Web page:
“Tustin and I are proof that you can be on different sides of the political spectrum and remain close friends. However, I still remember the shock in her voice when she said, ‘You voted for Bill Owens?'”
My very good friend Tustin Amole retires at the end of this month as the spokeswoman for the Cherry Creek School District.
I was touched that the district asked me to speak at her going-away party Wednesday night, where the three superintendents she has worked for gushed about Tustin — and deservedly so.
Tustin and I worked together at the Rocky Mountain News – in fact, I got hired in 1993 because of her. Tustin went to Guatemala for a sabbatical and told them when she came back she really didn’t want to handle the evening cop beat any more. The then-city editor, John Temple, turned to The Albuquerque Tribune, where we had worked together.
Tustin’s and my journalism backgrounds certainly helped us when we went to work as public information officers for government agencies. Cherry Creek Superintendent Monte Moses hired Tustin in 1999 — three months after the Columbine High School massacre. Colorado Secretary of State Wayne Williams hired me in 2015.
Naturally I asked Tustin for advice, especially when I was told that in my new position I shouldn’t engage in Twitter wars. But I love Twitter wars, I argued, whether it’s against the left or right, up or down, even in the middle.
“Don’t,” Tustin said.
Every now and then, after the boss gets a call from someone irritated at some tweet, Wayne will come into the office to say, “Listen to Tustin.”
Tustin had covered education for the Rocky before being hired by Cherry Creek. It was only natural that Moses picked her for the PIO job — she was passionate about public education and, to my wonderment, actually enjoyed covering school board meetings.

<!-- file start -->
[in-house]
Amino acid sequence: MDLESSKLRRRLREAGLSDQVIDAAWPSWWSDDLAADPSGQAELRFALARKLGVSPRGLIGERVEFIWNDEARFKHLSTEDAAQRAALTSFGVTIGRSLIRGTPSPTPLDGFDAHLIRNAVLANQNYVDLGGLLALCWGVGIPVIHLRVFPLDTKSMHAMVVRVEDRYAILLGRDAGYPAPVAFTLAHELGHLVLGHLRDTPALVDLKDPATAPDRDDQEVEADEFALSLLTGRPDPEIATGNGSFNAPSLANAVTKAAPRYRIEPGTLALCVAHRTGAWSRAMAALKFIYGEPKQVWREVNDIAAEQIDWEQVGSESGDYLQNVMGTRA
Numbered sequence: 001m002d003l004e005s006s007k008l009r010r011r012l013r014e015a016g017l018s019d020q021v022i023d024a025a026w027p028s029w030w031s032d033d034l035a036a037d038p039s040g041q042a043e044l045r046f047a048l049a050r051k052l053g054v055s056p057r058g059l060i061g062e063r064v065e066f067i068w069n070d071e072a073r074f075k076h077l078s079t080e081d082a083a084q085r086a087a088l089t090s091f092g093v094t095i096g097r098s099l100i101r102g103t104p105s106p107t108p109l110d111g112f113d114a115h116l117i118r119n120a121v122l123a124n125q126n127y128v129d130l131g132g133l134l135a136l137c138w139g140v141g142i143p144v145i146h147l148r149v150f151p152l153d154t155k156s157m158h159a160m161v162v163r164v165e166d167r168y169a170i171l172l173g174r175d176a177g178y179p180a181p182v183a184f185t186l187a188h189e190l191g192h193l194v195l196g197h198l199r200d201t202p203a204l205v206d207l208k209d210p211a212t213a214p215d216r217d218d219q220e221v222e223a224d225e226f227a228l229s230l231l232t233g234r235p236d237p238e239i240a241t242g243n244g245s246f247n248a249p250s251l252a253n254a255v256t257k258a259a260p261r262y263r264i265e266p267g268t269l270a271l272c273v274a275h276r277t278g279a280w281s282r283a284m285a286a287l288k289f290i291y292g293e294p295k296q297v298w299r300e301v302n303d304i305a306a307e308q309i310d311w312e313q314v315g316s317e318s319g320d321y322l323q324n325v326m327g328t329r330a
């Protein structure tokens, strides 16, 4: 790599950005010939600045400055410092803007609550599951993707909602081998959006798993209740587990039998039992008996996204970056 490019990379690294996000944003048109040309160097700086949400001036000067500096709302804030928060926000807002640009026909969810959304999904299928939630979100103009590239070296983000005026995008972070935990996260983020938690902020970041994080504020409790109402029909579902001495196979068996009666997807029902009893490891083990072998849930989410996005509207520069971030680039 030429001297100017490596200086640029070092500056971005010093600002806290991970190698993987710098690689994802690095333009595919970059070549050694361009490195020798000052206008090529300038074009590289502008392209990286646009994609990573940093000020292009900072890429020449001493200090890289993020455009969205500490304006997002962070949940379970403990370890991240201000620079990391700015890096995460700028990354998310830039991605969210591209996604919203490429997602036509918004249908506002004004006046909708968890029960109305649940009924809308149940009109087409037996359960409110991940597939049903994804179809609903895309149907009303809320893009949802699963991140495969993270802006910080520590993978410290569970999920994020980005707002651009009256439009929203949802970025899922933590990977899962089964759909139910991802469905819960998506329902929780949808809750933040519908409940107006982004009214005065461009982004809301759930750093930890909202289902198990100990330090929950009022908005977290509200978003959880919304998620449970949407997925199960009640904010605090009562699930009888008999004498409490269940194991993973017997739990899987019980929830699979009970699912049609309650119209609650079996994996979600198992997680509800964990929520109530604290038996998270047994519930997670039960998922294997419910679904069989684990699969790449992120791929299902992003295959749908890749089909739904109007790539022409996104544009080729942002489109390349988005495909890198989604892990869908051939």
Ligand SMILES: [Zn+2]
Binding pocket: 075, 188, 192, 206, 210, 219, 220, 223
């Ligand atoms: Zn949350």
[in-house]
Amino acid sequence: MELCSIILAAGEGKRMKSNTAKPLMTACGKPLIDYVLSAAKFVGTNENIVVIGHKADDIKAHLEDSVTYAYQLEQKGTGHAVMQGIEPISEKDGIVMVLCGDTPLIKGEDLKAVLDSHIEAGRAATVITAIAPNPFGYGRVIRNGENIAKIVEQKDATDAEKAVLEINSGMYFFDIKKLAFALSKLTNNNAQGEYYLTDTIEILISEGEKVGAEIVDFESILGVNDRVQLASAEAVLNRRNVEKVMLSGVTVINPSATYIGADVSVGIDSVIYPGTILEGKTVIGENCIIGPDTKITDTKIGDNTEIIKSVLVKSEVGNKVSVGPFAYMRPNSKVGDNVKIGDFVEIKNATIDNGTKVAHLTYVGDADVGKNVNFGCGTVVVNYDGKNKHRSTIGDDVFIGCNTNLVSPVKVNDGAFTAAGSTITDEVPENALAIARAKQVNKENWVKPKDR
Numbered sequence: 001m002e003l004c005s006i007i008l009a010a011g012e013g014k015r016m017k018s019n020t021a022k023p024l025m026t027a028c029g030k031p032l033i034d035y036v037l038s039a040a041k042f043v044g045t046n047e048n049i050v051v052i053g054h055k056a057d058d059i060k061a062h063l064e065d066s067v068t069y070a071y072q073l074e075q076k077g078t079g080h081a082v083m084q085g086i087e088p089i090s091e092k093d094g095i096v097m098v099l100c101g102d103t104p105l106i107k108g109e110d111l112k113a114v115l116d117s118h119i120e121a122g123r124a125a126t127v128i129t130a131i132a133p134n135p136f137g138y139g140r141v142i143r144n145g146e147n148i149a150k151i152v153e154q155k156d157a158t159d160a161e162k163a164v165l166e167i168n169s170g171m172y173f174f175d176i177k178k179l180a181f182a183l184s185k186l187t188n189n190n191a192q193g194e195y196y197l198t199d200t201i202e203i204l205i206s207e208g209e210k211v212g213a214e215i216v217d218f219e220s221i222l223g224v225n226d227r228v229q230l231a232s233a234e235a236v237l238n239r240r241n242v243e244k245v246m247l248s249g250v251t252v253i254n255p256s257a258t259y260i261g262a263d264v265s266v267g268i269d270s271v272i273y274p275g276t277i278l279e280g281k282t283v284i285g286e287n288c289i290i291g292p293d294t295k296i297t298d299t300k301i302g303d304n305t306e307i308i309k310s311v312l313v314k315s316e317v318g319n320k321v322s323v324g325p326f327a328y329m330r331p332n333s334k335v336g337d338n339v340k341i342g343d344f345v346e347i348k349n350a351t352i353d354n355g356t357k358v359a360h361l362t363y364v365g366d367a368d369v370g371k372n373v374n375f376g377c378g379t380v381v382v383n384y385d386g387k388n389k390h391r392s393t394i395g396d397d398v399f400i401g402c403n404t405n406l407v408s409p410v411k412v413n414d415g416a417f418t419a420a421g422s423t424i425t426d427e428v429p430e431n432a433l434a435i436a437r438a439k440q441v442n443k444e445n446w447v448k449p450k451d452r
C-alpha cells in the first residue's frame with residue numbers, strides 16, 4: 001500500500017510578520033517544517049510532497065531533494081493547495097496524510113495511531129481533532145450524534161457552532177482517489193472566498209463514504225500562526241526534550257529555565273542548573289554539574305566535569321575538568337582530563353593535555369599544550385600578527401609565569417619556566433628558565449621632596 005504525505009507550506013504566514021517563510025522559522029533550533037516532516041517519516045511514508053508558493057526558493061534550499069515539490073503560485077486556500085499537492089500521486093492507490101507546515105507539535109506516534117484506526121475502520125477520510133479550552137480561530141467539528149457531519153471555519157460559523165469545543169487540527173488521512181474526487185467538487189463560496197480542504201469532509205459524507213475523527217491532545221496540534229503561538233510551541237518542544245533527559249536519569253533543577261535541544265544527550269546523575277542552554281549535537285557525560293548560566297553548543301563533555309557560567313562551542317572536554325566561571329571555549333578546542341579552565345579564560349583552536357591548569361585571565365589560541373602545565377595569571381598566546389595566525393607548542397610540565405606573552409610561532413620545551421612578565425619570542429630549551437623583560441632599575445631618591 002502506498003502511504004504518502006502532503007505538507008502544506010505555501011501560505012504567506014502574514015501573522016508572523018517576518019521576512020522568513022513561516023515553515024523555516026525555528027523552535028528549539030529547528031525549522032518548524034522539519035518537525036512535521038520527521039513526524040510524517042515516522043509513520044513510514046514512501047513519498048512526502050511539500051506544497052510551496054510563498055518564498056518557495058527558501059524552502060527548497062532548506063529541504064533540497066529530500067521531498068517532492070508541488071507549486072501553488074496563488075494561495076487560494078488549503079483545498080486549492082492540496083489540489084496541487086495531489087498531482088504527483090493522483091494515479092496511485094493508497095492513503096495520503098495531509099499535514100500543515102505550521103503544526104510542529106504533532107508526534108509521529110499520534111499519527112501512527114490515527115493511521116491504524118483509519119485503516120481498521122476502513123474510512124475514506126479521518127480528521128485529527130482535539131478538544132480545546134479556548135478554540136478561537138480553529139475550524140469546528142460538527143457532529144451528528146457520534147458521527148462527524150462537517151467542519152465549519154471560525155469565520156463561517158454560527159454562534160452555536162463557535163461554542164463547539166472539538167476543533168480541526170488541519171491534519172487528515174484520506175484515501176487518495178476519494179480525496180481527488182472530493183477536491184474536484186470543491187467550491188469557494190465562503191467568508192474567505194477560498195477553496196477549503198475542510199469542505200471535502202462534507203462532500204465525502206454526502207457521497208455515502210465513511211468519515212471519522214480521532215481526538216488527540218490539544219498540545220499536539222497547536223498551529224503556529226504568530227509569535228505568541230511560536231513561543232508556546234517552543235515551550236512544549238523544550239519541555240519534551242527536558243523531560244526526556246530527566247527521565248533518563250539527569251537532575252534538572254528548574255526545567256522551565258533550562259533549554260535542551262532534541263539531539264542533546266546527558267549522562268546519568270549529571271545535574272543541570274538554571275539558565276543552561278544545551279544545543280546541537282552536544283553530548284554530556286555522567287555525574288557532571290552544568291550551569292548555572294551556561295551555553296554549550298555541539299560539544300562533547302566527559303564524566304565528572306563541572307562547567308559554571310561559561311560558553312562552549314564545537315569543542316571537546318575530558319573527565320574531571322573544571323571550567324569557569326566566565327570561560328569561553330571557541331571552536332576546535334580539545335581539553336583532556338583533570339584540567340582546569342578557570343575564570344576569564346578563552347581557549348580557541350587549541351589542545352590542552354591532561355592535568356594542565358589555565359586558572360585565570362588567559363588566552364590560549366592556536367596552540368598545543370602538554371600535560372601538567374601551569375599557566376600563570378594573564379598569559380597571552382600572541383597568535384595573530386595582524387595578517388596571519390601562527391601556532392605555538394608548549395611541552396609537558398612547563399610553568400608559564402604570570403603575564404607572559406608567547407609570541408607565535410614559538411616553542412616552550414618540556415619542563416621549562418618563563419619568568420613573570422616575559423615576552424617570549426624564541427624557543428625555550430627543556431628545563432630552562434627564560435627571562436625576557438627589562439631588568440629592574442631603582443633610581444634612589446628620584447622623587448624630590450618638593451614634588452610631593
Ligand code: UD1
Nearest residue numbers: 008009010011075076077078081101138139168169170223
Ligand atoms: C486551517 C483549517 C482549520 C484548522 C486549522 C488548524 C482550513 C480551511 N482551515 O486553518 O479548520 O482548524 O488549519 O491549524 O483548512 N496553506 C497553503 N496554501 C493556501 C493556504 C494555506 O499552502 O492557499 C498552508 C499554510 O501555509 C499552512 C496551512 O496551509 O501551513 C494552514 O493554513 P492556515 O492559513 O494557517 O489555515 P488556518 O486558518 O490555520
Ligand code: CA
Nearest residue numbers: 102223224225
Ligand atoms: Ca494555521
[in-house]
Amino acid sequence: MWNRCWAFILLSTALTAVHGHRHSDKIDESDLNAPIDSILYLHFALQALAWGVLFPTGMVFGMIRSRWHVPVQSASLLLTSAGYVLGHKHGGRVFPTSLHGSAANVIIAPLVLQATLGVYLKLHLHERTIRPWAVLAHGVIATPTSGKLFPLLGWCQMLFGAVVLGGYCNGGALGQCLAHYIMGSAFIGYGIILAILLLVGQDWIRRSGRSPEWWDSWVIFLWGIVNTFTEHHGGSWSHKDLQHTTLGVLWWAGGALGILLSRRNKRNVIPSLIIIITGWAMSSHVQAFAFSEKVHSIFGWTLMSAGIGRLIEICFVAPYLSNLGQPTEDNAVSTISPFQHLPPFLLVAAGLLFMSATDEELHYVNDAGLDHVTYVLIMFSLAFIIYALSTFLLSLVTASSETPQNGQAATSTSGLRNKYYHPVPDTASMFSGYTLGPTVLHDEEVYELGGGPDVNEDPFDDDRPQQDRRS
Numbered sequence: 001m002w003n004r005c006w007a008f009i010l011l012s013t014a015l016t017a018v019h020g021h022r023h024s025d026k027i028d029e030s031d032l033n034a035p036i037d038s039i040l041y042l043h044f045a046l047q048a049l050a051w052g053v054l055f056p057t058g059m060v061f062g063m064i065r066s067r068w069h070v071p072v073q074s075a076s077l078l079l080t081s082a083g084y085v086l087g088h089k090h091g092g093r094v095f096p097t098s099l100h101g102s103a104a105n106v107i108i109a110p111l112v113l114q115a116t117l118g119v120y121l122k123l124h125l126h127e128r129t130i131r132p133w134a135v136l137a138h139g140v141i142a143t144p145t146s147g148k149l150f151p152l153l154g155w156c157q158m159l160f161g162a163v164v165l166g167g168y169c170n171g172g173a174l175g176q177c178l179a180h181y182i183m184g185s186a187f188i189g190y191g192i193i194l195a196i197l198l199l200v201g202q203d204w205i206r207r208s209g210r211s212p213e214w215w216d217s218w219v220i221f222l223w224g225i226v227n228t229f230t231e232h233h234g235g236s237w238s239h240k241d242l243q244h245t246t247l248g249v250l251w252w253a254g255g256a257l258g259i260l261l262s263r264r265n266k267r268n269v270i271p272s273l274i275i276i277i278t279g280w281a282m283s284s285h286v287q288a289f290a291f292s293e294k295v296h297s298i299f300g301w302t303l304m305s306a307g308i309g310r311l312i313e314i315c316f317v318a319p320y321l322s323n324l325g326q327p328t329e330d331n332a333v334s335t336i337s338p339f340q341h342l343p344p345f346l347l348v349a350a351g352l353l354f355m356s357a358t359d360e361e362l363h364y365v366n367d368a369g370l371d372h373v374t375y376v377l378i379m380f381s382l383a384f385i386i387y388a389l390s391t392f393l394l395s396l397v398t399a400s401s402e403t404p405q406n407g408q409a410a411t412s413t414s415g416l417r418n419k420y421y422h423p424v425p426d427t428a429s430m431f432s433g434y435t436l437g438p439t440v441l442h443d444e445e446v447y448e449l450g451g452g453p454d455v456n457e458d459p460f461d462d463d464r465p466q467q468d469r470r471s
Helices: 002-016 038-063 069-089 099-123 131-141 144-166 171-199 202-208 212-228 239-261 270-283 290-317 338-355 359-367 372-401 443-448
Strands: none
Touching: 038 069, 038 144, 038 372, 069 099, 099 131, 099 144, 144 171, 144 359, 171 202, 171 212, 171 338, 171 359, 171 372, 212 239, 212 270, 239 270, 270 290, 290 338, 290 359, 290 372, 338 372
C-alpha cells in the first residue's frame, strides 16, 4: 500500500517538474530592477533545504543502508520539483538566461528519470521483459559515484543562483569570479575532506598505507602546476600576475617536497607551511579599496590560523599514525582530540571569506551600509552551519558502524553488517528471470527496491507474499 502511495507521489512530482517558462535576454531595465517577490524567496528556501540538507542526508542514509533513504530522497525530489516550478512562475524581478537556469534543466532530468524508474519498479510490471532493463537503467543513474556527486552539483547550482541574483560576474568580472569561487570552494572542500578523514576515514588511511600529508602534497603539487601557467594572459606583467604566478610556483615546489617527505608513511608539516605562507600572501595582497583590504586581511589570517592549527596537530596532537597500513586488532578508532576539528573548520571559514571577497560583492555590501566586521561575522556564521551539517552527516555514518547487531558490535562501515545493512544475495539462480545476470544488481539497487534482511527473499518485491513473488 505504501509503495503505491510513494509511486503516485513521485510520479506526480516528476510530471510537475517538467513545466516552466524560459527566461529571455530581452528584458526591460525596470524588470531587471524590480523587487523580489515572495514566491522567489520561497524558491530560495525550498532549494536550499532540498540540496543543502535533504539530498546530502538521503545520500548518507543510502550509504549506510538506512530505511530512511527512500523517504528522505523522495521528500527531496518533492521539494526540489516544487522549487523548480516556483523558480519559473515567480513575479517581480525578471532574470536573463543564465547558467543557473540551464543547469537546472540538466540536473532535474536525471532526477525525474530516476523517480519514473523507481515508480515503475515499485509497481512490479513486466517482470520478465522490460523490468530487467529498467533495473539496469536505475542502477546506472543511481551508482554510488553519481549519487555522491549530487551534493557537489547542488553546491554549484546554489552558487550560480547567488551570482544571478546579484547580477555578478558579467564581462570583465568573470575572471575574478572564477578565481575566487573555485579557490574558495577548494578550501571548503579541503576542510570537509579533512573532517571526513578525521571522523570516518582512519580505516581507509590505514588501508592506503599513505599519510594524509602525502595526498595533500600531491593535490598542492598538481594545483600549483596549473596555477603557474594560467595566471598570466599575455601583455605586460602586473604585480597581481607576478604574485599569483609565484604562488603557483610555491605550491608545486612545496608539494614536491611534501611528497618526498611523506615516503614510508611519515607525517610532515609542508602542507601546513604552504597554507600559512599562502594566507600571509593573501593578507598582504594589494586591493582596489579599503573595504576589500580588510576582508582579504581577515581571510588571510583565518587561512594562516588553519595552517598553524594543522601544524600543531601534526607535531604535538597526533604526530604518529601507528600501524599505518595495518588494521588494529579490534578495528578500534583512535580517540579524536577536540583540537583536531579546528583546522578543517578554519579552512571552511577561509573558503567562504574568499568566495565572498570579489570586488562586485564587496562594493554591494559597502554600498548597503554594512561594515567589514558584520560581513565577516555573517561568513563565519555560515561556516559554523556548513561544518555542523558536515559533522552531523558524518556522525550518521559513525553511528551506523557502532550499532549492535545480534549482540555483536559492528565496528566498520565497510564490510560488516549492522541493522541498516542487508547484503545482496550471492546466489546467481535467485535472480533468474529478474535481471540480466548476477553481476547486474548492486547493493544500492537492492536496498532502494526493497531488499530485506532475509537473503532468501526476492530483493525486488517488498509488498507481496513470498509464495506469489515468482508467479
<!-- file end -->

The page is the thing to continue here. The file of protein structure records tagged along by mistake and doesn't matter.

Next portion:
Moses, his successor, Mary Chesley, and the current superintendent, Harry Bull, regaled the party-goers with Tustin tales.
Their mantra: “ACT” or Always Call Tustin.
Chesley said she found so many education posts interesting and always thought, “I’d like to do that job,” but she never felt that way about being district press person. That got a good laugh.
Tustin and Superintendent Bull earlier this year were named Man of the Year and Woman of the Year by The Villager.
Of Amole, The Villager’s Peter Jones wrote, “From winning test scores and mill levy victories to lunchroom ‘scandals’ and teachers behaving badly, Amole has strived for nearly two decades to tell the Cherry Creek story in full, even in the face of death threats and only a few obnoxious journalists.”
Bull said after working with Tustin, “I now have a total appreciation for a good journalist.”
He lamented that he never met Tustin’s father, who helped liberate Buchenwald during World War II and was a war correspondent in the Korean conflict. Gene Amole built a radio empire and taught his native Denver to appreciate jazz, then wrote his way into becoming the state’s most beloved columnist. He and Tustin worked in the same newsroom for nine years. He died in 2002 at the age of 78.
“She did her dad proud,” Bull said.
Tustin became a part of my family, coming over for dinner when Mom and Dad were in town from South Dakota. We would play tiles and talk politics. Tustin and I are proof that you can be on different sides of the political spectrum and remain close friends. However, I still remember the shock in her voice when she said, “You voted for Bill Owens?”
Over the years, Tustin and I have tried to have lunch at least once a month on Sundays, checking out restaurant after restaurant, from Castle Rock to Longmont, in search of perfect fried chicken. (She likes dark, I like white.)
During those lunches, I learned a lot about Cherry Creek and dealing with journalists on the other side of the fence. Oh, the stories Tustin has wrangled with.
“I don’t know where to begin or even how to end,” Tustin said, when it was her turn to speak at the party. “This has just been one of the most rewarding experiences of a lifetime and I will never forget it.”